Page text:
Home Dallas Press Releases 2009 Swisher County Man Faces up to Life in Prison for Kidnapping Former Girlfriend

Swisher County Man Faces up to Life in Prison for Kidnapping Former Girlfriend

U.S. Attorney’s Office December 28, 2009
  • Northern District of Texas (214) 659-8600

AMARILLO, TX—Ronnie Joe Stowers, 58, of Tulia, Texas, has pleaded guilty to kidnapping his former girlfriend and taking her by force from Castro County, Texas to New Mexico, announced U.S. Attorney James T. Jacks of the Northern District of Texas. Stowers entered his guilty plea to one count of kidnapping before U.S. District Judge Mary Lou Robinson and is scheduled to be sentenced by Judge Robinson on February 12, 2010. He faces a maximum statutory sentence of life in prison.

Stowers admitted that on October 27, 2009, he kidnapped L.A.S. and transported her from Texas to New Mexico for the purpose of terrorizing her.

According to plea documents filed in the case, at approximately 6:00 p.m., on Tuesday, October 27, 2009, a 54 year-old female resident of Castro County, Texas, identified by her initials as L.A.S., was outside her home taking care of some animals when she noticed a pickup truck near her residence, which she suspected was driven by her ex-boyfriend, Ronnie Joe Stowers. She called the Castro County Sheriff's Office, then got into her car and drove toward the suspicious vehicle to verify who the driver was. The truck turned around and started driving toward her so she turned her car around and started driving back toward her residence. The suspect vehicle rammed her car, forcing her off the road. At this point, the Sheriff's Office called her and heard screams for help. Stowers got out of his vehicle, walked to her car with a shotgun, and drug her out of her car, threatening to kill her. He hit her in the face, forced her into his truck, and drove west.

A short time later, while still in Castro County, the woman jumped from Stowers' moving pickup onto the ground. A passing motorist saw her jump out of the pickup, and according to the motorist's statement, the motorist stopped and backed up to help her. The motorist observed that the woman was trying to stand up but was hurt and could not stand. The motorist then noticed that the driver of the pickup, Stowers, was standing at the rear of his pickup and was pointing a shotgun at the motorist. The motorist drove away and called 911.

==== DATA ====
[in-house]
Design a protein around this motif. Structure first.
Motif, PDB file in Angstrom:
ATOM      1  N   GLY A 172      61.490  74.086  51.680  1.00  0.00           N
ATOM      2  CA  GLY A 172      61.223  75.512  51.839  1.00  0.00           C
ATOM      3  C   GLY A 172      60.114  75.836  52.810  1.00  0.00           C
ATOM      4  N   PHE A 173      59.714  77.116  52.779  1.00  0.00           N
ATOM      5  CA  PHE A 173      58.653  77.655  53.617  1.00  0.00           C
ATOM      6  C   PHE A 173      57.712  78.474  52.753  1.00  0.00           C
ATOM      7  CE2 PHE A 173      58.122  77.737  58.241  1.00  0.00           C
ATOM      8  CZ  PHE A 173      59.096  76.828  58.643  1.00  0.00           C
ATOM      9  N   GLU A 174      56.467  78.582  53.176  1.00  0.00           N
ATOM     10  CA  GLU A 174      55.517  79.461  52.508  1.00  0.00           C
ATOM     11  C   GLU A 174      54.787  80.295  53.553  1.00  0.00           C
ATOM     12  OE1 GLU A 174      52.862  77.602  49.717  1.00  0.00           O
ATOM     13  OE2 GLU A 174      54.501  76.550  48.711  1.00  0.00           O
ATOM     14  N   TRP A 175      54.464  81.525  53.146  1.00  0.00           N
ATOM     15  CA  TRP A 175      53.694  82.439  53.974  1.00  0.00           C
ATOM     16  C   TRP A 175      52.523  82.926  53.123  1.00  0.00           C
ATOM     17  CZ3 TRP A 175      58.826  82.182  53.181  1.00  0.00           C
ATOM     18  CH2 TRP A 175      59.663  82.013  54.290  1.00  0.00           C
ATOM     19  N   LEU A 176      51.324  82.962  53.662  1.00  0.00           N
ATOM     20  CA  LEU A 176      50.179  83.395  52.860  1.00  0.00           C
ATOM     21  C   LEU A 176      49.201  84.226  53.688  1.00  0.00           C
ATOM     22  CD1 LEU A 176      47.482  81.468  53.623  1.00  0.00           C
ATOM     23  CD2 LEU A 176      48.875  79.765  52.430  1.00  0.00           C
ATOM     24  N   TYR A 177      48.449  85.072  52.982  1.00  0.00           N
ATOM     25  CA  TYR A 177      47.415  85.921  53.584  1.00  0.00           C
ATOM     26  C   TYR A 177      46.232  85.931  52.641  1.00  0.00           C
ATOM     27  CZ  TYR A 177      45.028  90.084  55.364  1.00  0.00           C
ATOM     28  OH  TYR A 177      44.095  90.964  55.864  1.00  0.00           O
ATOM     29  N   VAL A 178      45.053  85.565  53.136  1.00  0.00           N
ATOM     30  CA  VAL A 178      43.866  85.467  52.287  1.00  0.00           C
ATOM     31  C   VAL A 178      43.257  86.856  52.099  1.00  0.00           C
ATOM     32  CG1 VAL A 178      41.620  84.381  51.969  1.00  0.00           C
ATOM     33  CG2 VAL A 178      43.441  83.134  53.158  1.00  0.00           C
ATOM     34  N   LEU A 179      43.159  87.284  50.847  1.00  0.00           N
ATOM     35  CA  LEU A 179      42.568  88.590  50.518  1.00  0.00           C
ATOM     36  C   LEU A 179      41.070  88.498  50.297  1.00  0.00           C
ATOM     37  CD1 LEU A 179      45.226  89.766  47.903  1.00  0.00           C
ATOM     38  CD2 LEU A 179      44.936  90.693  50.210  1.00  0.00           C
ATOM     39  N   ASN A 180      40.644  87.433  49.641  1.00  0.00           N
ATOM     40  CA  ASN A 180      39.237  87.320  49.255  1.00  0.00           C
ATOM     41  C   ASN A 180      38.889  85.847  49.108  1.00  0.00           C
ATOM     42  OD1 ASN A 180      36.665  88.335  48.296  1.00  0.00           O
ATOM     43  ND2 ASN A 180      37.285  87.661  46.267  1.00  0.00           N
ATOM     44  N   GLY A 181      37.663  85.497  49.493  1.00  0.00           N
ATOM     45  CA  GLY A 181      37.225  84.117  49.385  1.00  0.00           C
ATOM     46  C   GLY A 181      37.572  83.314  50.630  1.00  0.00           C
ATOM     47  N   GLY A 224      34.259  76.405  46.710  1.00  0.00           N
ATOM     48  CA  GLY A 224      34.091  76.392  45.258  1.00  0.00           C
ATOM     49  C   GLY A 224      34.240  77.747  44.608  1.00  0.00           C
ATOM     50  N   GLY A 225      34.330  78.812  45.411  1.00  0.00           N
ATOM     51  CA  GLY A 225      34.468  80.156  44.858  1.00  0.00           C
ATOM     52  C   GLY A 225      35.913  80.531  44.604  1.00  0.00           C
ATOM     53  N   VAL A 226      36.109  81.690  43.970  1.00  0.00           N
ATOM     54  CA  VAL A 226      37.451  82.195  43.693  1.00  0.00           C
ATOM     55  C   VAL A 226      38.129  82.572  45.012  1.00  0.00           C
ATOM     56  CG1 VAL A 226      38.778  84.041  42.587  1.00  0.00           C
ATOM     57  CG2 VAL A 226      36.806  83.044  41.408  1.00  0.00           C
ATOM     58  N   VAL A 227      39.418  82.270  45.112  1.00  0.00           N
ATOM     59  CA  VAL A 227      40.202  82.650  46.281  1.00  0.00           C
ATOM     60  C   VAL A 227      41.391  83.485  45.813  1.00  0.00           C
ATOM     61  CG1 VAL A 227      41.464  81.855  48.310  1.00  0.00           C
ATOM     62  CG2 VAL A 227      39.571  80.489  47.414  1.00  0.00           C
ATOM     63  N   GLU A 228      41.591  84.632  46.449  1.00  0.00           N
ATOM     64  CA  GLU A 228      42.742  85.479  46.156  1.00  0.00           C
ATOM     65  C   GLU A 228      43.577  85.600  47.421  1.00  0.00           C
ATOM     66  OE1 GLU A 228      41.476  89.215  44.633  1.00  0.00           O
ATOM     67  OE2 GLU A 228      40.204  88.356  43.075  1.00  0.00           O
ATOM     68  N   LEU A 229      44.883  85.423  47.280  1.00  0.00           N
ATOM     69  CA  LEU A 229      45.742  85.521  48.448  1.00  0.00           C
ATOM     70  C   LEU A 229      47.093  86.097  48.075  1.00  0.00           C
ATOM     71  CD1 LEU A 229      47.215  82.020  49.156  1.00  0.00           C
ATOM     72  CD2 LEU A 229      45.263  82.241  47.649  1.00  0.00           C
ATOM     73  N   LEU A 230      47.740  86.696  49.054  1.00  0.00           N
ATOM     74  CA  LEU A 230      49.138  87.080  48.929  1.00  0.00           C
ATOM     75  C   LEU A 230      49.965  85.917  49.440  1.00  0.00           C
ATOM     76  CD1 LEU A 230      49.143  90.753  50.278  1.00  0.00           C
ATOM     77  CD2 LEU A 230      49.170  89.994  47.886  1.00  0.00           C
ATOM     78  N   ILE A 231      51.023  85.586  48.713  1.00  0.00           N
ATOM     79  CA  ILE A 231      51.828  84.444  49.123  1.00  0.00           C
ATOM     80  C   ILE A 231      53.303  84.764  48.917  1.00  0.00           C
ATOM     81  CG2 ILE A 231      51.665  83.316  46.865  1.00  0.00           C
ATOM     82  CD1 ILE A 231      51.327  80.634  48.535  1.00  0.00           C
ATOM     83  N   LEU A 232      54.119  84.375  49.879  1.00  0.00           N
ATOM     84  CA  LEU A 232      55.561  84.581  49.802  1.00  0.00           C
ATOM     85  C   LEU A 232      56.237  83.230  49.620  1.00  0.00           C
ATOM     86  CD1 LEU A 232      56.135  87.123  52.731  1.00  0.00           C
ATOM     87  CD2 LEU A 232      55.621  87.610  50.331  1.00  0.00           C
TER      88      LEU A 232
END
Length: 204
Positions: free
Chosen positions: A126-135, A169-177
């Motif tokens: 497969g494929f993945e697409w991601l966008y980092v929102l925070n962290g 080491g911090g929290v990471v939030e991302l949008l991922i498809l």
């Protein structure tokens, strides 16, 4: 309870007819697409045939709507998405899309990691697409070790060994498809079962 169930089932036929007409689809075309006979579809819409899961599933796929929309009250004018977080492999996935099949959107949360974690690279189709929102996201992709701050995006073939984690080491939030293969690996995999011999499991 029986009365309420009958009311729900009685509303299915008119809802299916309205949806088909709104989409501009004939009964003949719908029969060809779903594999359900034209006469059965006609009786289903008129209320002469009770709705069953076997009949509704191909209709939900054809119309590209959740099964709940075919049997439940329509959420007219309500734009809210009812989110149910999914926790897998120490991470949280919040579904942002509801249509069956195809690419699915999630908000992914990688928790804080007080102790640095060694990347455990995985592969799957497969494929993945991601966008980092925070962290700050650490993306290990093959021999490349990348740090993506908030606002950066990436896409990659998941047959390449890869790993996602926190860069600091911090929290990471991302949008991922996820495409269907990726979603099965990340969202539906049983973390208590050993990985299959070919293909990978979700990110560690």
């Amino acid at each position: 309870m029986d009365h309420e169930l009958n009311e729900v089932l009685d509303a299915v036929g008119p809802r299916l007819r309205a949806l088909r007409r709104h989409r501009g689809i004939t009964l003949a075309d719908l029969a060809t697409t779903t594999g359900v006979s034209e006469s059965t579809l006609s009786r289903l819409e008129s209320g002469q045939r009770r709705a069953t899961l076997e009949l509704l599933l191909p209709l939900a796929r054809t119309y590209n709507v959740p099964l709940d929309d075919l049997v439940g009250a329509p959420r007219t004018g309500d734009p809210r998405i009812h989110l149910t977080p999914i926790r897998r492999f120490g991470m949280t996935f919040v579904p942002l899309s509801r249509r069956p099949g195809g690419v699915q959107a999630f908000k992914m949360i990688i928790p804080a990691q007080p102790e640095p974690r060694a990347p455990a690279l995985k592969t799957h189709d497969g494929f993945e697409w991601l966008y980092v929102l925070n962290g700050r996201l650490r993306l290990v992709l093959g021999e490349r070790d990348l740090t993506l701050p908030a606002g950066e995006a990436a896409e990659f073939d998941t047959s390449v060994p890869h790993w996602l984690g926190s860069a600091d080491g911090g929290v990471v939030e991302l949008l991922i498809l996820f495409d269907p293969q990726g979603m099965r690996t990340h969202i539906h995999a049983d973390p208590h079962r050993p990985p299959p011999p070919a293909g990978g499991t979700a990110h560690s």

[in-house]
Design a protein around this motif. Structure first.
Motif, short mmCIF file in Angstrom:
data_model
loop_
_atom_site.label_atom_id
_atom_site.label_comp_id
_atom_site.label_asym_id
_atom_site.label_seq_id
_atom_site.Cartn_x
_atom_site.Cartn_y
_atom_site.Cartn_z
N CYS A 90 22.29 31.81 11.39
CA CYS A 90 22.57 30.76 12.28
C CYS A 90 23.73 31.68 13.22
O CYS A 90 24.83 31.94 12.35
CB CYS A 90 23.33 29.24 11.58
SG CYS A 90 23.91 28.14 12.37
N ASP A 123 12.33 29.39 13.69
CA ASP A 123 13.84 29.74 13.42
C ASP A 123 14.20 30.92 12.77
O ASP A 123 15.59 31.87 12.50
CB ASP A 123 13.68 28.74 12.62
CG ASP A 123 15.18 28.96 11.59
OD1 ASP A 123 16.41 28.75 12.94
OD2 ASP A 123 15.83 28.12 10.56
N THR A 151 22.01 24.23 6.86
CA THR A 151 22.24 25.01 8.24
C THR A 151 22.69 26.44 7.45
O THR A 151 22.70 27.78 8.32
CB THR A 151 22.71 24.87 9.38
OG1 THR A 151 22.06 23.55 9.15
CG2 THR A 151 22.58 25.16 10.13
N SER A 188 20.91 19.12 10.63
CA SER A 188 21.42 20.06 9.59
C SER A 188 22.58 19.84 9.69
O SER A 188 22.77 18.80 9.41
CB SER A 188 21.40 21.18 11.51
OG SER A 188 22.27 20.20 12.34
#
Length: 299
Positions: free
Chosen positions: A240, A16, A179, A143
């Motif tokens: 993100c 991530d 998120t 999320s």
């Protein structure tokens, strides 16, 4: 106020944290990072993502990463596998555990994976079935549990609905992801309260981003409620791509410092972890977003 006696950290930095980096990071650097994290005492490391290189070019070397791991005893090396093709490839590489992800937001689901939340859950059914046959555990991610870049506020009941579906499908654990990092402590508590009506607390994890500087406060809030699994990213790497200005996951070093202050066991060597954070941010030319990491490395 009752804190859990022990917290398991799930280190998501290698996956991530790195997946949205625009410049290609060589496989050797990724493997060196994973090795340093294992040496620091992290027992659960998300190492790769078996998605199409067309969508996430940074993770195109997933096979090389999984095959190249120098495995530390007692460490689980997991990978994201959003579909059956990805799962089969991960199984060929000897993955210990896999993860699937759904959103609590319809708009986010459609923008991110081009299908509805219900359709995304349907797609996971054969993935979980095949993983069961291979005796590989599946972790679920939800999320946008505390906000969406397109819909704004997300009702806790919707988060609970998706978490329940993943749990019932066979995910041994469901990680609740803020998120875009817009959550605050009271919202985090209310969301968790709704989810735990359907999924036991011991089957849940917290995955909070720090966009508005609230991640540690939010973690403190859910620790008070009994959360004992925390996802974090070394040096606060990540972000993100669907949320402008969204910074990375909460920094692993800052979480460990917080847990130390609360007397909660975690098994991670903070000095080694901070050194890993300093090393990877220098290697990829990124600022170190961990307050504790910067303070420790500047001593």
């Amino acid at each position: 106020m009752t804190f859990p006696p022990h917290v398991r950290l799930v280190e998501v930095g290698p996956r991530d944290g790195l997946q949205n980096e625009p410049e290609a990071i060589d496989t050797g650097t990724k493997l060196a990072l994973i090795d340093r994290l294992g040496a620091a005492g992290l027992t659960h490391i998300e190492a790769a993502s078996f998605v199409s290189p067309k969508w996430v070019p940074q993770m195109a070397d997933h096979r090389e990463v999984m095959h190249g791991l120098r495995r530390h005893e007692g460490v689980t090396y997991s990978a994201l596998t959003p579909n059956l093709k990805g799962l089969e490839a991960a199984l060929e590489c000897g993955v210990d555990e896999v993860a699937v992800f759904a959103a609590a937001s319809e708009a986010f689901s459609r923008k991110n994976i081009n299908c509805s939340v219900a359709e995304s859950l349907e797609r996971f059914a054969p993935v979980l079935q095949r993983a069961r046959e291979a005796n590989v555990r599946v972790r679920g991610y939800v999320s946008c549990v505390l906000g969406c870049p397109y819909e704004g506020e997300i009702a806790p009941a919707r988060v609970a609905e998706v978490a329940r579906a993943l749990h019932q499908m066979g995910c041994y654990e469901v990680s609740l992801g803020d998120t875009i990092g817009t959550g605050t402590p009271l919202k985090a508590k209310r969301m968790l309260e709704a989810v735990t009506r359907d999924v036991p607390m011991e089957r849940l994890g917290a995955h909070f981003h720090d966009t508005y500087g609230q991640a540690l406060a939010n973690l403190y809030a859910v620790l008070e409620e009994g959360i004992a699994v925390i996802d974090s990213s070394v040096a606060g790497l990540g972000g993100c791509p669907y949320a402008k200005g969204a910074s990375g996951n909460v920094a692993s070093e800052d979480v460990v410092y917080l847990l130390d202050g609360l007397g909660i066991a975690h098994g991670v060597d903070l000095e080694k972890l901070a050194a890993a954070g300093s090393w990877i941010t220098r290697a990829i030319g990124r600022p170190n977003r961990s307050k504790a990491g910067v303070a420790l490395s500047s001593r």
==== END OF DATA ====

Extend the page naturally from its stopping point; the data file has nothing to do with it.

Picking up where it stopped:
Stowers forced L.A.S. back into his pickup and drove off again. Once again, she jumped from the pickup and Stowers again forced her back in his truck. He told her that if she tried to escape again, he would kill her.

Stowers drove the back roads from Castro County into Parmer County and into the New Mexico near Clovis. From there, Stowers drove north toward Tucumcari, where he decided he needed to get gas. He stopped in a deserted area, removed the woman from his pickup, and tied her up, telling her that he would return after he got gas. Stowers did return a short time later and forced the woman back into his pickup. He then drove west on I-40 to Moriarty, New Mexico, and then turned south. He drove her almost to Lovington, New Mexico, where he turned off on a dirt road and stopped. Stowers sat there talking to the woman for about three hours.

Just before daybreak on Wednesday, October 28, 2009, Stowers drove approximately one mile to another road and parked again. He gave L.A.S. his cell phone, took his shotgun, got out of his pickup, and instructed her to drive away and call 911. As she drove away, she heard a shot and saw Stowers fall to the ground. She called 911 and authorities from Lea County, New Mexico, responded and located Stowers with an apparent self-inflicted gunshot wound to the chest.

One of Stowers’ relatives contacted the Castro County Sheriff's Office and reported that Stowers had called him during the ordeal and admitted he had “messed up” and taken the woman.

The case was investigated by the FBI and prosecuted by Assistant U.S. Attorney Christy Drake of the Amarillo, Texas U.S. Attorney’s Office.